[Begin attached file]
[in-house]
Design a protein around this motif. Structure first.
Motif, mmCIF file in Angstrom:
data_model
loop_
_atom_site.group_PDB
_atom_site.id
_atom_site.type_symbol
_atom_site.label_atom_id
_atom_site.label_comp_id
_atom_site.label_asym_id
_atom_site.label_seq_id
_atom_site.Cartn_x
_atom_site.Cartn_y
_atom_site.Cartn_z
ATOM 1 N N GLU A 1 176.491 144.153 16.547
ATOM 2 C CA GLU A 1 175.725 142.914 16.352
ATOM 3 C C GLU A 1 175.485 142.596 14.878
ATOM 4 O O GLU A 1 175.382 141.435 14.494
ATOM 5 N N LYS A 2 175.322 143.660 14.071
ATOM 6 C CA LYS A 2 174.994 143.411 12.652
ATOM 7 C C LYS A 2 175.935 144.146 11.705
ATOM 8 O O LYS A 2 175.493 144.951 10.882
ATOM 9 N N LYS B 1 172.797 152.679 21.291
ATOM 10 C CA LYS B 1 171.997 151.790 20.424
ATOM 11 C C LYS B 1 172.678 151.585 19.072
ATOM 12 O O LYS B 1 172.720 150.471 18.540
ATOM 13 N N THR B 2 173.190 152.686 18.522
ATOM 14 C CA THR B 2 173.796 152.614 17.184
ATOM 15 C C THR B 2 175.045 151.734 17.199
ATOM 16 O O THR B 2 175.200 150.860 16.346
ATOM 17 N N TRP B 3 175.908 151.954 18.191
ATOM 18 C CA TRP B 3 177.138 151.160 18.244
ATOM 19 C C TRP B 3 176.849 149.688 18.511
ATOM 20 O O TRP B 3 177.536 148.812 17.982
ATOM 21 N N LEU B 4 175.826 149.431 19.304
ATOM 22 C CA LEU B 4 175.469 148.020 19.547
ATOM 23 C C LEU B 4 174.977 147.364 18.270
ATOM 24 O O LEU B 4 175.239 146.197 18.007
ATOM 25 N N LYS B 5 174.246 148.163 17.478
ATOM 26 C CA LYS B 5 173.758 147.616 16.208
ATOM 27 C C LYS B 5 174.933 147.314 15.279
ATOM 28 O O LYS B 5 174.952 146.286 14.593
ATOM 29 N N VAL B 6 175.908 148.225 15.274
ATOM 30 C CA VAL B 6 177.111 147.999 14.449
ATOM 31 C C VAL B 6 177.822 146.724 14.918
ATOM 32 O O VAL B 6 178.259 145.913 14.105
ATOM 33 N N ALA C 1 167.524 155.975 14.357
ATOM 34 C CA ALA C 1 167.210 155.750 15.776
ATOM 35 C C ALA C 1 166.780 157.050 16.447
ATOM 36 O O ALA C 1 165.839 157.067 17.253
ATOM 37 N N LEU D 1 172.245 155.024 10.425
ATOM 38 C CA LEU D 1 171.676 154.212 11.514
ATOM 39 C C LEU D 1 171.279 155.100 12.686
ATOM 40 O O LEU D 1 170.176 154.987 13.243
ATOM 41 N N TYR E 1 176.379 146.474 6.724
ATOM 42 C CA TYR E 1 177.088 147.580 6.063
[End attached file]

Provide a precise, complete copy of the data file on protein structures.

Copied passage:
[in-house]
Design a protein around this motif. Structure first.
Motif, mmCIF file in Angstrom:
data_model
loop_
_atom_site.group_PDB
_atom_site.id
_atom_site.type_symbol
_atom_site.label_atom_id
_atom_site.label_comp_id
_atom_site.label_asym_id
_atom_site.label_seq_id
_atom_site.Cartn_x
_atom_site.Cartn_y
_atom_site.Cartn_z
ATOM 1 N N GLU A 1 176.491 144.153 16.547
ATOM 2 C CA GLU A 1 175.725 142.914 16.352
ATOM 3 C C GLU A 1 175.485 142.596 14.878
ATOM 4 O O GLU A 1 175.382 141.435 14.494
ATOM 5 N N LYS A 2 175.322 143.660 14.071
ATOM 6 C CA LYS A 2 174.994 143.411 12.652
ATOM 7 C C LYS A 2 175.935 144.146 11.705
ATOM 8 O O LYS A 2 175.493 144.951 10.882
ATOM 9 N N LYS B 1 172.797 152.679 21.291
ATOM 10 C CA LYS B 1 171.997 151.790 20.424
ATOM 11 C C LYS B 1 172.678 151.585 19.072
ATOM 12 O O LYS B 1 172.720 150.471 18.540
ATOM 13 N N THR B 2 173.190 152.686 18.522
ATOM 14 C CA THR B 2 173.796 152.614 17.184
ATOM 15 C C THR B 2 175.045 151.734 17.199
ATOM 16 O O THR B 2 175.200 150.860 16.346
ATOM 17 N N TRP B 3 175.908 151.954 18.191
ATOM 18 C CA TRP B 3 177.138 151.160 18.244
ATOM 19 C C TRP B 3 176.849 149.688 18.511
ATOM 20 O O TRP B 3 177.536 148.812 17.982
ATOM 21 N N LEU B 4 175.826 149.431 19.304
ATOM 22 C CA LEU B 4 175.469 148.020 19.547
ATOM 23 C C LEU B 4 174.977 147.364 18.270
ATOM 24 O O LEU B 4 175.239 146.197 18.007
ATOM 25 N N LYS B 5 174.246 148.163 17.478
ATOM 26 C CA LYS B 5 173.758 147.616 16.208
ATOM 27 C C LYS B 5 174.933 147.314 15.279
ATOM 28 O O LYS B 5 174.952 146.286 14.593
ATOM 29 N N VAL B 6 175.908 148.225 15.274
ATOM 30 C CA VAL B 6 177.111 147.999 14.449
ATOM 31 C C VAL B 6 177.822 146.724 14.918
ATOM 32 O O VAL B 6 178.259 145.913 14.105
ATOM 33 N N ALA C 1 167.524 155.975 14.357
ATOM 34 C CA ALA C 1 167.210 155.750 15.776
ATOM 35 C C ALA C 1 166.780 157.050 16.447
ATOM 36 O O ALA C 1 165.839 157.067 17.253
ATOM 37 N N LEU D 1 172.245 155.024 10.425
ATOM 38 C CA LEU D 1 171.676 154.212 11.514
ATOM 39 C C LEU D 1 171.279 155.100 12.686
ATOM 40 O O LEU D 1 170.176 154.987 13.243
ATOM 41 N N TYR E 1 176.379 146.474 6.724
ATOM 42 C CA TYR E 1 177.088 147.580 6.063